Peter Bowes: [00:25:52] You refer and that gets complicated. You referred to the people who are into this kind of. Yes. And I know exactly who you’re talking about. And some of those people recently have said to me that they are using NMN nicotinamide mono nucleotide supplementation, which is similar. It’s close to what you’re talking about, but a little different.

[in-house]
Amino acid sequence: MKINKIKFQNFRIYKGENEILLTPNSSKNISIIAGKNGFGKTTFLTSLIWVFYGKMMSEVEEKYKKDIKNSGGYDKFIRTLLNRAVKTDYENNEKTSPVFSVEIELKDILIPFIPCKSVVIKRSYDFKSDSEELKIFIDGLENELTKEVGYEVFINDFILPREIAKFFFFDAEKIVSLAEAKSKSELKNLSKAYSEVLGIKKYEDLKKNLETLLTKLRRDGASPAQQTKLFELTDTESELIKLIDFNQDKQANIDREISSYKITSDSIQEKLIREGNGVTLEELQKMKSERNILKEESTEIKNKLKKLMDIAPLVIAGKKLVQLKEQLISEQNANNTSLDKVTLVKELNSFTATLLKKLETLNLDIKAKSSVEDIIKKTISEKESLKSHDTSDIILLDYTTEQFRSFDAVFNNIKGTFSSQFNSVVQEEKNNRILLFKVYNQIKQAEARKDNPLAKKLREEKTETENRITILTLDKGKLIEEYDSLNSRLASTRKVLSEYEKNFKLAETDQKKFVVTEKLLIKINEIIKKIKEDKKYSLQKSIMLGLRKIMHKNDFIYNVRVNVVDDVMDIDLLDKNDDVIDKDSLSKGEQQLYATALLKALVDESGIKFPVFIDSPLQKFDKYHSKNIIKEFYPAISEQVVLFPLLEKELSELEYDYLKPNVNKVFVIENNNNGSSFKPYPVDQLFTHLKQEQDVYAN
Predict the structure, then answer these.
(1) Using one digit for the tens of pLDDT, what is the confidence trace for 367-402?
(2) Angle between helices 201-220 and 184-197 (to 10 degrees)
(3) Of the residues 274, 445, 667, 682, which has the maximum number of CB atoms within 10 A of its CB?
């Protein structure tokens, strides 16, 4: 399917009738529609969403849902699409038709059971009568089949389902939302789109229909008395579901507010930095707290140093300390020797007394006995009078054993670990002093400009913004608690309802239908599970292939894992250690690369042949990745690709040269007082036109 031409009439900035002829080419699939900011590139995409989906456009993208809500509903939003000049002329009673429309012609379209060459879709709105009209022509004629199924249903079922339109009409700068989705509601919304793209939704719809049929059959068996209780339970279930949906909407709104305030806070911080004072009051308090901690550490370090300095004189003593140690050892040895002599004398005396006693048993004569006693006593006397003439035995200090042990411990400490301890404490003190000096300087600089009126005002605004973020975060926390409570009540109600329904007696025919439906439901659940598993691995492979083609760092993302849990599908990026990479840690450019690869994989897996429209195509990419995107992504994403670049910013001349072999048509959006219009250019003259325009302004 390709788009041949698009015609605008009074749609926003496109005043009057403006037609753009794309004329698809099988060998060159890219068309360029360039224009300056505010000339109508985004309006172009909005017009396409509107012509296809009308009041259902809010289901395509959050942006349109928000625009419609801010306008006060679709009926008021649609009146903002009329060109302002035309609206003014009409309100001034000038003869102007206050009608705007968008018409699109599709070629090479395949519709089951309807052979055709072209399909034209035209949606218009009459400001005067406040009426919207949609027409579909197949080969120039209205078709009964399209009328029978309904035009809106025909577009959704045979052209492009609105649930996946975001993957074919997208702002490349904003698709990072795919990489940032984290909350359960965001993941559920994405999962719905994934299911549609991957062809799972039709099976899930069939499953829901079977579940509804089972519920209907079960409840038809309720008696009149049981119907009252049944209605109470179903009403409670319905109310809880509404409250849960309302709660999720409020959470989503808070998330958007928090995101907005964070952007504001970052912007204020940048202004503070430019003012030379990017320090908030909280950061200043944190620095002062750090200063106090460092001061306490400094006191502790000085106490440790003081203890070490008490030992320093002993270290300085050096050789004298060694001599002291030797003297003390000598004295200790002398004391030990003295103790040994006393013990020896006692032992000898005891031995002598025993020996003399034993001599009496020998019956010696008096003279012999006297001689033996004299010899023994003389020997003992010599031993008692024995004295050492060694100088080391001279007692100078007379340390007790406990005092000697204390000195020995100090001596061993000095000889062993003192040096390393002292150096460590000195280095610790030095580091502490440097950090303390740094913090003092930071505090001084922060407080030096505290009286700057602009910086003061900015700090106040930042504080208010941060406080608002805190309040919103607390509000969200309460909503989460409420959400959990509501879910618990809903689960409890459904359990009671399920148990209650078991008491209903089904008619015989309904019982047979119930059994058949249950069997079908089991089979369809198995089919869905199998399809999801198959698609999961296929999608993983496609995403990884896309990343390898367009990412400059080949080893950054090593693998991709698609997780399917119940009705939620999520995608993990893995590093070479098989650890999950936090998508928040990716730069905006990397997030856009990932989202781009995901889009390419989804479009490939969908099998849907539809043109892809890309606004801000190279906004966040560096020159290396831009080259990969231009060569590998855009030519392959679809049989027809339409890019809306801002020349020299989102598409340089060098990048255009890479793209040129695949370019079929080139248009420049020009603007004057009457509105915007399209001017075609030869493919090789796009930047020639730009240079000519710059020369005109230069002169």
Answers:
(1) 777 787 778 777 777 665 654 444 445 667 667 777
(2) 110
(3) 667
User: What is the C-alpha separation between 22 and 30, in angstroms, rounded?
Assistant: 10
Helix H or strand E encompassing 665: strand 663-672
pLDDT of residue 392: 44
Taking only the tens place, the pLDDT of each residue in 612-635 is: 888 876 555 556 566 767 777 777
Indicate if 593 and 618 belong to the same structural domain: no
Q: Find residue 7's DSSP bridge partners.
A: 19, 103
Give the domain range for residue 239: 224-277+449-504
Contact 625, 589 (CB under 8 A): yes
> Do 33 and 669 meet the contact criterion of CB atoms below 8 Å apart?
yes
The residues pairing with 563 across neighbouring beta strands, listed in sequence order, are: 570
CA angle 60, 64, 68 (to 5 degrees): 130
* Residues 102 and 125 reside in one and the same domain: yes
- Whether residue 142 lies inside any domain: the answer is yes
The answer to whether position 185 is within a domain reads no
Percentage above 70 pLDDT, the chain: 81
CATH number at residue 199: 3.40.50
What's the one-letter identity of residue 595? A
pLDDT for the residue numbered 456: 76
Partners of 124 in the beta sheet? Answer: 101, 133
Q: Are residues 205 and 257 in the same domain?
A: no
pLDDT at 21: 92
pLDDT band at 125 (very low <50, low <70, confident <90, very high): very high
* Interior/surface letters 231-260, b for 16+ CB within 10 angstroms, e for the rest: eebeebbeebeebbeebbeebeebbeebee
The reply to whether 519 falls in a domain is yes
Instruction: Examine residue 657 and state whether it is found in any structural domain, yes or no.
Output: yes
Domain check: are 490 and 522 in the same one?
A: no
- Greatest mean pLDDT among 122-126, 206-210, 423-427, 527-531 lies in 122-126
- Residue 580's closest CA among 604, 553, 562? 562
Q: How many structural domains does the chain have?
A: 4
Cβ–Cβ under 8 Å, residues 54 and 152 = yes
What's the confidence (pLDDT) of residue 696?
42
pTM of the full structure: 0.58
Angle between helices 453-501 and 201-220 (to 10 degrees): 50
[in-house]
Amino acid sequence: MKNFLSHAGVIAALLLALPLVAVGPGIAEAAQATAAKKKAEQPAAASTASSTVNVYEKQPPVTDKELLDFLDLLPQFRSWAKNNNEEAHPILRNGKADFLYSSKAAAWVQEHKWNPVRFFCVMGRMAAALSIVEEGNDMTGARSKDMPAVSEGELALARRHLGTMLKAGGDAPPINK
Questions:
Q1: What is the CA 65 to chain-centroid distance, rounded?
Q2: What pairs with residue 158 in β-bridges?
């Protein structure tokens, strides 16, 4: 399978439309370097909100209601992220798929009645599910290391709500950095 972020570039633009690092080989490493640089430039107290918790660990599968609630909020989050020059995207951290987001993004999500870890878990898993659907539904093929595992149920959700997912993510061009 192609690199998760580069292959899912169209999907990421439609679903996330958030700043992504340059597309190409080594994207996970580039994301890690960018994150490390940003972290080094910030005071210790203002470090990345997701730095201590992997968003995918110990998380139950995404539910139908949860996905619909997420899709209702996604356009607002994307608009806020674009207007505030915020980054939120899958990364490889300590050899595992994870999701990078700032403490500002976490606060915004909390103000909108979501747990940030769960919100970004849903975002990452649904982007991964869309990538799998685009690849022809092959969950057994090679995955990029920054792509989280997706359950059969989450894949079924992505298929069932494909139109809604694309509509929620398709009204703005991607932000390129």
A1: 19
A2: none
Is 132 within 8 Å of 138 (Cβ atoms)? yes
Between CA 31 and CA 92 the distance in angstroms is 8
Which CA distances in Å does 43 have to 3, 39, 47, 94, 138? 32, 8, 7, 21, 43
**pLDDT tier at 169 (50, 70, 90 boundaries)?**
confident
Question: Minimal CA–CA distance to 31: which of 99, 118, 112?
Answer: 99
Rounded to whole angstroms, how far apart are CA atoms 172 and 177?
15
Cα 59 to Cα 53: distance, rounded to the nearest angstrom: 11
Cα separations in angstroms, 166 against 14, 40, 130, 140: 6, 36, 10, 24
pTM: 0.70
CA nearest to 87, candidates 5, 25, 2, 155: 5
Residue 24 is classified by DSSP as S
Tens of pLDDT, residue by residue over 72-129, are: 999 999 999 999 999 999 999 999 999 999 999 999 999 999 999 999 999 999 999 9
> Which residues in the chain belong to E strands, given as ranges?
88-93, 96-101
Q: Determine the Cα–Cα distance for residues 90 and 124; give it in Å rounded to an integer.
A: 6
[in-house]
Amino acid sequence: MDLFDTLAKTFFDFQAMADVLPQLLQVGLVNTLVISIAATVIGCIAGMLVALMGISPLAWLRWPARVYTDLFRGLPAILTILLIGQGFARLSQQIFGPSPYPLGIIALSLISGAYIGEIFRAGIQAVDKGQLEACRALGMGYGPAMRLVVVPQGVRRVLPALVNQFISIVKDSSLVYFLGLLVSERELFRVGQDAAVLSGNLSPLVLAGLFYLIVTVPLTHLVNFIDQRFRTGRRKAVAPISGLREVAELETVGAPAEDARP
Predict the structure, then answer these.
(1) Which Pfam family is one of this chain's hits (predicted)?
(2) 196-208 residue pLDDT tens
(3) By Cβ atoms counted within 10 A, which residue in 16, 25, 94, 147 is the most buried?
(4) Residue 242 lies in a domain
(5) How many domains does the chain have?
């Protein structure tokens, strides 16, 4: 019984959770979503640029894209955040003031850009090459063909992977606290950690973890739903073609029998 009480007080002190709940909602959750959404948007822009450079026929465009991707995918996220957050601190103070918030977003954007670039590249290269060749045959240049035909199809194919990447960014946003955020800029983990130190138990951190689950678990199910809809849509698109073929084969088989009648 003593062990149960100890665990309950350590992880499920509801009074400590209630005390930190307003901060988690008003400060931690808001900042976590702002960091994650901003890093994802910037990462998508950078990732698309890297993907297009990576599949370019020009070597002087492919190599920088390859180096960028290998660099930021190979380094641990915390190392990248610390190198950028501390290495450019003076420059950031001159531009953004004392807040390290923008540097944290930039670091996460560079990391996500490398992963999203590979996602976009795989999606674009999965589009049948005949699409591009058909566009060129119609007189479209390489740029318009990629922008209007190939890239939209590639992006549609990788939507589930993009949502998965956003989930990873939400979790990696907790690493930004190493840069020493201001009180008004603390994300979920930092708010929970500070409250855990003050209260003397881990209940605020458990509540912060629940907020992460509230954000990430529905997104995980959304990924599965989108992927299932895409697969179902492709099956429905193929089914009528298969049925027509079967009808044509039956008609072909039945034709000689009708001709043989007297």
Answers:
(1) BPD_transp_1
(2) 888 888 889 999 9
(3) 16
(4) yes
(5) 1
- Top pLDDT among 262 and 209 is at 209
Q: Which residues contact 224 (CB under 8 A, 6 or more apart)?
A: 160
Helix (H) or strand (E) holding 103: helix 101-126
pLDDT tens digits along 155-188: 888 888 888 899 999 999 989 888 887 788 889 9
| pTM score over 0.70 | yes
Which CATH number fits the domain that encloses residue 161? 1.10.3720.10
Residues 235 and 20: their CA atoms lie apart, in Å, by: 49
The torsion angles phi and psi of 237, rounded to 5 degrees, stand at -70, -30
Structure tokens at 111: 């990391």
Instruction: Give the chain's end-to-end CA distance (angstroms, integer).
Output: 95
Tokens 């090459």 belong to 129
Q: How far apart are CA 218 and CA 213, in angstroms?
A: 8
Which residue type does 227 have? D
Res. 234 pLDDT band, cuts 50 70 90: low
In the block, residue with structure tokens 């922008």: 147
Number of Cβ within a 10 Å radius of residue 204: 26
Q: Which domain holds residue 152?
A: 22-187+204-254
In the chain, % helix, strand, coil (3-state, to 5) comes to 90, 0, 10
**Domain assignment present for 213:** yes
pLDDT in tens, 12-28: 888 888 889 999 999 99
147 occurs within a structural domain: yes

Nichola Conlon: [00:26:11] Yes, exactly. So so maybe that helps if I explain the different ways in which people are trying to boost their energy levels, because then it makes the way we do it makes sense and it exemplifies how our approach is more superior. So basically, a lot of people are taking MNM and which is what you’ve just referred to, or they’ve taken another supplement called NR. And are they just stand for nicotinamide riboside and nicotinamide mononucleotide. So those two ingredients are what we would refer to as NAD precursors. And all this means is that they are the raw material that the body actually uses to make NAD. So the idea being that you you have a decline in NAD in your body. So why don’t you give the body more of the raw materials that it uses to make NAD and hopefully the body will turn into NAD and then your NAD levels will go up, which does happen to a certain extent. So you do get a small NAD boost with with these types of products taking this approach. The problem is that over the last sort of four years, there’s there’s been advancements in the science which now show that the reason that your NAD is declining is not because your body has a lack of this raw material coming in to make NAD. Your NAD levels are actually declining because they are the systems that actually convert these raw materials into the NAD of failing within the cell. So you’ve got enzymes within the cell that actually make these raw materials into the NAD.And that’s one reason why your NAD declines. The other reason is that as you get older, your cells actually stop wasting NAD. So they’ve got all these different proteins and inflammatory proteins that start being regulated in your cells and they actually chew up NAD like there’s no tomorrow for no particular reason other than it’s getting wasted. So if you imagine I like to get people to think of the cell as a factory. Ok, so if you’ve got a cell factory and it’s making NAD and NAD production has gone down, would you say that it’s a good idea to just order more raw material in the factory if you know that the reason production has gone down is because the machines are broken so are the enzymes and actually because the the factory is being really wasteful because the pipes are leaking, would it be a good idea just to say, well, we’ll just order some more raw material and hopefully the production will go up?